Kaori fails to see any of this for a significant portion of the narrative, which is what leads to some pretty severe difficulties in the latter hours of Nagisa’s narrative route. It’s hard to blame her, though; latching on to the only familiar thing in a working environment that can, at times, be absolutely terrifying leads one to wilfully ignore the things that don’t fit your own “needs” at the time.

As Kaori continues to make mistakes in her early days on the job, she becomes increasingly scared of what the possible consequences might be — not helped by the combination of Chief Hatsumi and senior nurse Yasuko Yamanouchi continually emphasising the fact that mistakes can indeed be fatal. She finds herself in a position where it’s difficult to recognise or accept praise; she’s so used to messing things up that she becomes fixated on the negative side of things, and feels guilt about burdening her coworkers with her incompetence.

“When you’re new, that’s just what you do,” explains Nagisa, attempting to reassure her. “You make trouble for your coworkers. And if you feel even a little bad about it, then grow into the job fast and make things easier for me, all right? And make sure you help the newbie that comes in after you with a smile, no matter how much trouble they make for you! That’s how the cycle works. That’s part of being an adult. I made so much trouble for everyone last year that I really can’t complain about anything you do, Sawai.”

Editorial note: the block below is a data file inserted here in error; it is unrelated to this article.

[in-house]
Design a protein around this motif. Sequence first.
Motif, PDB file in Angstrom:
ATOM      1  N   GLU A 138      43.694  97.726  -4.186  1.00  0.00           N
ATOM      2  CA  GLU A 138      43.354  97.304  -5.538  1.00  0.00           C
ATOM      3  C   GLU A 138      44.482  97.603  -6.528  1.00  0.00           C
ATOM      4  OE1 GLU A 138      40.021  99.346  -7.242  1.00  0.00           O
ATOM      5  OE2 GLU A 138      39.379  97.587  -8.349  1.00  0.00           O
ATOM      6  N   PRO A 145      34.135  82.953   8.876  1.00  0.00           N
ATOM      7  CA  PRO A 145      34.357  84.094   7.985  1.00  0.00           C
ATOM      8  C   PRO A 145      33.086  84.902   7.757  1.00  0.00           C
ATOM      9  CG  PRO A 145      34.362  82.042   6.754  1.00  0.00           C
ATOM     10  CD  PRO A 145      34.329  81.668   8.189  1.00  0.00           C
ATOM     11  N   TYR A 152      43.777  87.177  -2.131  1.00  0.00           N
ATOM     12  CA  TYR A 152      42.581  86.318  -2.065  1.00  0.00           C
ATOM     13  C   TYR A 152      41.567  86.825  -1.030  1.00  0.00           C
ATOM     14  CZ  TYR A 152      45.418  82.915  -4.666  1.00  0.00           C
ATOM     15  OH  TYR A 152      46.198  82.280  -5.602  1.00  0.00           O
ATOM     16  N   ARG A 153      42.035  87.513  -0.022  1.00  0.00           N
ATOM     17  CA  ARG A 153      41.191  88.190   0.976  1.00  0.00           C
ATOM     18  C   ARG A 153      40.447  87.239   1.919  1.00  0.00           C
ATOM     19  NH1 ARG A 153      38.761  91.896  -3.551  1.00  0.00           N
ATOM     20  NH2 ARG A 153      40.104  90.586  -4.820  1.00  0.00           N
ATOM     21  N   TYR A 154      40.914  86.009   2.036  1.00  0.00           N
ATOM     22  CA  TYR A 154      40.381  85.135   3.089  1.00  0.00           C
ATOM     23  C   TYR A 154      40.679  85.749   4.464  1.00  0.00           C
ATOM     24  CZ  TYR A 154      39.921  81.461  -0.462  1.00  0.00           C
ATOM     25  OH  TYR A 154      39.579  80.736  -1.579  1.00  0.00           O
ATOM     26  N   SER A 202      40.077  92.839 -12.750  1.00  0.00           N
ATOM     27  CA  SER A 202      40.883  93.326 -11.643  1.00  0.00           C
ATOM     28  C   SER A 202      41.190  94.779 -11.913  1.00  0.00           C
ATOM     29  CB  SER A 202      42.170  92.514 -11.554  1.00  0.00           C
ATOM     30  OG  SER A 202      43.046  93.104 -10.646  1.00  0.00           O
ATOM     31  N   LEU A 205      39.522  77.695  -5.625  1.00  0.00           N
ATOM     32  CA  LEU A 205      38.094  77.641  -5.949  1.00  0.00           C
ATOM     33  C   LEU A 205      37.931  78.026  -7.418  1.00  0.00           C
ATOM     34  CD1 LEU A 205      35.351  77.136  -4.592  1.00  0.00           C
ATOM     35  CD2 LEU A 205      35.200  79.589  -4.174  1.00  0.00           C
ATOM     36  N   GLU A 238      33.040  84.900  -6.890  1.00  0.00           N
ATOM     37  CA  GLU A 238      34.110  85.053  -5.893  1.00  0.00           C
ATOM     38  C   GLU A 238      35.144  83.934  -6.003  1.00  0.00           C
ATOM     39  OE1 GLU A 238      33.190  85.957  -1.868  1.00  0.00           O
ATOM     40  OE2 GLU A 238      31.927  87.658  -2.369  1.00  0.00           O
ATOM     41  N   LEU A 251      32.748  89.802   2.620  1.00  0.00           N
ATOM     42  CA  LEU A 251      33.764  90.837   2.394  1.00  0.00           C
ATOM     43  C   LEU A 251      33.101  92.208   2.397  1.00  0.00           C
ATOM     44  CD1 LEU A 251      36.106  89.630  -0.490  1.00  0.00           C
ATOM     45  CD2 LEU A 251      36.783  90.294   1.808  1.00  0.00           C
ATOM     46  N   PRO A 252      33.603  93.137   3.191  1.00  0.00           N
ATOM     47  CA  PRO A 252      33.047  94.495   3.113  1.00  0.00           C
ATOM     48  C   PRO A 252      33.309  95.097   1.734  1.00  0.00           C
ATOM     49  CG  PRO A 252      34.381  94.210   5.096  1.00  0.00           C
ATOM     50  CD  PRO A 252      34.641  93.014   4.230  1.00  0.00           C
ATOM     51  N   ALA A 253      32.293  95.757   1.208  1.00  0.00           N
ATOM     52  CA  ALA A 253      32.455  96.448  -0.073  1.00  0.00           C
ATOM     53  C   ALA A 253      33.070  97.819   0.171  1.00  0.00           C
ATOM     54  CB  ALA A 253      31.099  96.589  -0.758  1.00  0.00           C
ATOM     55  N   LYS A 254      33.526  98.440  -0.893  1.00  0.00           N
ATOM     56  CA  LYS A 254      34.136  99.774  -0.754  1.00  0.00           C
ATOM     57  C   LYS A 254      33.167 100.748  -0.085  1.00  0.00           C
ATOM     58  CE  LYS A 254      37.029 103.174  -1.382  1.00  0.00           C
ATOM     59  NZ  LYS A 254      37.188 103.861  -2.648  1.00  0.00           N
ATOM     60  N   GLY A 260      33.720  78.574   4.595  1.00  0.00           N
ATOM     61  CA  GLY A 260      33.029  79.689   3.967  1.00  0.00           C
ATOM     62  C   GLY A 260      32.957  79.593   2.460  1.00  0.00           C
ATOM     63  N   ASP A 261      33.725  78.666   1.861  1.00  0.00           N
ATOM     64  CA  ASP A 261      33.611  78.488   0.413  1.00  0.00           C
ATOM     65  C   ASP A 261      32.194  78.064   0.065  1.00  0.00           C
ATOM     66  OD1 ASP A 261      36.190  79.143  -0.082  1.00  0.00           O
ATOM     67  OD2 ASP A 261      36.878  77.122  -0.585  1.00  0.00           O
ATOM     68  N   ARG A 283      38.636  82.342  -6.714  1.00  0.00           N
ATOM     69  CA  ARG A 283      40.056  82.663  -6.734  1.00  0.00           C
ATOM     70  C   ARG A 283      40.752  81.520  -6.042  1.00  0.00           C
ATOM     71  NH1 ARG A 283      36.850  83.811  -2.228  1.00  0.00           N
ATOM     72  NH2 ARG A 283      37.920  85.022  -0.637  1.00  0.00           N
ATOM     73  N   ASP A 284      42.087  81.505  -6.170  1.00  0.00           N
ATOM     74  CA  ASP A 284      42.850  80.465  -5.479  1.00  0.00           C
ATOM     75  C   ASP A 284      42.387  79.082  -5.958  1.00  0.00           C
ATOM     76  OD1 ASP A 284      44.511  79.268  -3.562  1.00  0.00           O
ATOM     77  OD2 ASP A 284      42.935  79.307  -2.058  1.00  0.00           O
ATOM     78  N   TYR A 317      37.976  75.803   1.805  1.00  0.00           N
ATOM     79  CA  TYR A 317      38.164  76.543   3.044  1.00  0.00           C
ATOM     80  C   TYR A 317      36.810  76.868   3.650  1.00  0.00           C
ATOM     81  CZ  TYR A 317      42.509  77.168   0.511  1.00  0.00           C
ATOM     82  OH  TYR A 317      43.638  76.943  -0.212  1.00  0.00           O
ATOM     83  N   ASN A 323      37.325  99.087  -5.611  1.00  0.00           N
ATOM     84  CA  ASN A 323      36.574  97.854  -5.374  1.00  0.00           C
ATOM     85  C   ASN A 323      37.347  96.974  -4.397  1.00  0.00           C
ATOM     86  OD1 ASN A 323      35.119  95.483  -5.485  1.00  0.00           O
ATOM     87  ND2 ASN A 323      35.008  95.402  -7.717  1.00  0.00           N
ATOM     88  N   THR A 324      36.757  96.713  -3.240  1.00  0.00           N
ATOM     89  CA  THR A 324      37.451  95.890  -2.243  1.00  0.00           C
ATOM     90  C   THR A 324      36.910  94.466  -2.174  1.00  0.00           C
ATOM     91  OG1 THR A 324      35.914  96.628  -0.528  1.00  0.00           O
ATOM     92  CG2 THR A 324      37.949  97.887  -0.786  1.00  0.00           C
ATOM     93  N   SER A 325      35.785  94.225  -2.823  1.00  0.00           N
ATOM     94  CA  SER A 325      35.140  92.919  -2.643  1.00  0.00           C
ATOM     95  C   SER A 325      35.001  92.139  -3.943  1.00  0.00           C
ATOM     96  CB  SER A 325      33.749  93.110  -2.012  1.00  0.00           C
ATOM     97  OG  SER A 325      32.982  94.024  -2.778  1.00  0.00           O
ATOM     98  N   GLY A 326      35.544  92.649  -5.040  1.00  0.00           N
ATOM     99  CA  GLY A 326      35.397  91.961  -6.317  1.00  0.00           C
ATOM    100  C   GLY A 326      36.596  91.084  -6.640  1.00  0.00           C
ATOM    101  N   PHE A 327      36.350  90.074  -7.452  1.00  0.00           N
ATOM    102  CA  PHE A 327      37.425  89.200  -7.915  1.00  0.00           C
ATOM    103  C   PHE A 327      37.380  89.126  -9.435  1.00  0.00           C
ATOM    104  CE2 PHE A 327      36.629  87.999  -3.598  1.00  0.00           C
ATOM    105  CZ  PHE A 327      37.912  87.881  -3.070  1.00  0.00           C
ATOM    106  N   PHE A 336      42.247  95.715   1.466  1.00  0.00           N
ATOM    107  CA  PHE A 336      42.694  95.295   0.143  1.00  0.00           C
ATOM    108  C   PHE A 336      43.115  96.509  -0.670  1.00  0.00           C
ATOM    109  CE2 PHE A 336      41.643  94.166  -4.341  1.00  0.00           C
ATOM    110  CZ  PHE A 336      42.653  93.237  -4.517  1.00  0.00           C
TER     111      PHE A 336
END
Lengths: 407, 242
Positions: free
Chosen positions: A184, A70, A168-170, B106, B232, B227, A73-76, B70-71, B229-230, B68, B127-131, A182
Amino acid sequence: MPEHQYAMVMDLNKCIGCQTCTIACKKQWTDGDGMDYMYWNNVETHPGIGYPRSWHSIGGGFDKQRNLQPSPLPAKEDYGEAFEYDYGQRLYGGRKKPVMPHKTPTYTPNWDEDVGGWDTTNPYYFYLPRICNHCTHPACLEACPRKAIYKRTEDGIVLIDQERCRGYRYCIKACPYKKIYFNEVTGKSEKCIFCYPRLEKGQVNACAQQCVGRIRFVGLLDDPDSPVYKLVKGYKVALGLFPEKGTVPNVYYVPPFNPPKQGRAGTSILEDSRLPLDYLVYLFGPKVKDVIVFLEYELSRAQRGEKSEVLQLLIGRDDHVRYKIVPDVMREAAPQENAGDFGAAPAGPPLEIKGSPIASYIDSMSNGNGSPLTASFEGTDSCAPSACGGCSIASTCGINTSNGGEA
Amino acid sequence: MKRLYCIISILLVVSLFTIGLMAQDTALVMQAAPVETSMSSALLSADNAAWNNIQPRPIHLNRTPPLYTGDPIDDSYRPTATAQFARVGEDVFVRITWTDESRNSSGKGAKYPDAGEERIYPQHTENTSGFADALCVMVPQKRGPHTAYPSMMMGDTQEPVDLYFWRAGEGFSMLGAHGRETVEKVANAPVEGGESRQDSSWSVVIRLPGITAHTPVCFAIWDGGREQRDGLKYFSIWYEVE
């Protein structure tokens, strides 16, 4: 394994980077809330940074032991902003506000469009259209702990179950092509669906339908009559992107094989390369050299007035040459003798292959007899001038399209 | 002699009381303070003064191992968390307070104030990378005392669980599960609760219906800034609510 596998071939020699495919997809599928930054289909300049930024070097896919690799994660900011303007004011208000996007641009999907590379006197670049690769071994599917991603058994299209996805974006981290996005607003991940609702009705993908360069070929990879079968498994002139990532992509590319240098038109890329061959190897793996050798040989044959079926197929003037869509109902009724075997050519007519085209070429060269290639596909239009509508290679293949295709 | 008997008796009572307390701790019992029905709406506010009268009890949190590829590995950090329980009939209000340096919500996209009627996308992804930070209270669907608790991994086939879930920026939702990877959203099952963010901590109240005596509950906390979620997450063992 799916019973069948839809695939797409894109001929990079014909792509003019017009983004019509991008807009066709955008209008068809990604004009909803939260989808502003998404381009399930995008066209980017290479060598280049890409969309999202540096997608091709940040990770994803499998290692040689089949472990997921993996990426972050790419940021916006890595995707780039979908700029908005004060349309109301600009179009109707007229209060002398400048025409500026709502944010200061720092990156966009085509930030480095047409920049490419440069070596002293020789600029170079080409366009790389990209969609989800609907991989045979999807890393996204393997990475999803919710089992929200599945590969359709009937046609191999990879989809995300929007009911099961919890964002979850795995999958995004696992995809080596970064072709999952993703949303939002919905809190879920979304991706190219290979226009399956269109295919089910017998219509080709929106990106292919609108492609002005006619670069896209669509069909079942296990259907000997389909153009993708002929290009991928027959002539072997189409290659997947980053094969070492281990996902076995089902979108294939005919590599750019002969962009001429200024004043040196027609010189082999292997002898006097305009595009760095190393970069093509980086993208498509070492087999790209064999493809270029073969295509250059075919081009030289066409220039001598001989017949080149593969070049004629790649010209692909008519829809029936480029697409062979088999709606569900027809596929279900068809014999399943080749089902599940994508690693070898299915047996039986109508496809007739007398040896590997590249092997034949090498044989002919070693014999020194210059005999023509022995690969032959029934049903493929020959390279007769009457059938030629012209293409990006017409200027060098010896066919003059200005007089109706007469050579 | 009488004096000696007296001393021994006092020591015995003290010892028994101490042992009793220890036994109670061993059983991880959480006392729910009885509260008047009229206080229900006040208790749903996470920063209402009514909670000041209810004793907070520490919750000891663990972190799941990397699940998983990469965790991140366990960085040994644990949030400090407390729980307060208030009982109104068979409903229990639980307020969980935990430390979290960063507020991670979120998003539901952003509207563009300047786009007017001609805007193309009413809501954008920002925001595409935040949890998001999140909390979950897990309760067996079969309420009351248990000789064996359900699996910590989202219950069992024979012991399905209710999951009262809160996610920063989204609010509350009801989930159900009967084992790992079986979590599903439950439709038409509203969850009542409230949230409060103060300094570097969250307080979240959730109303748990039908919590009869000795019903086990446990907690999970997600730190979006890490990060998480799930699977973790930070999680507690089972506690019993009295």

The whole “being an adult” thing is where Kaori seems to struggle the most. She seems like someone who has always been dependent on receiving clear, concise instructions from others and following through on them. When given a vague order or simply left to her own devices, that’s when she tends to find herself making the most mistakes.

Kaori finds it difficult to adjust to the fact that nursing is a job where you are frequently expected to use your own initiative, and where inaction can have severe consequences — and as such she becomes increasingly dependent on those around her for approval.

Kaori’s most significant troubles begin with the arrival of a patient called Sayuri Sakai. As part of her development, Chief Hatsumi assigns Kaori to be the main nurse responsible for Sakai’s wellbeing during her stay, but things don’t get off to a good start. She inadvertently sets an immediately poor first impression by being late to pick her up and get her settled in the internal medicine ward, but Sakai doesn’t help matters by being extremely rude to Kaori at every opportunity. It’s especially difficult to deal with for Kaori owing to the fact that the things Sakai says, while unpleasant, aren’t actually falsehoods; she’s simply a lot more willing to call out Kaori’s shortcomings than her peers.

Kaori finds dealing with Sakai increasingly difficult, and is often reduced to tears by her patient’s acid tongue. She sees the fact that she is unable to get through to her first “real” patient as a personal failing, and finds it difficult to accept the constant barrage of harsh criticism that comes her way — all the more because so much of it consists of things that, deep down, Kaori knows are absolutely true.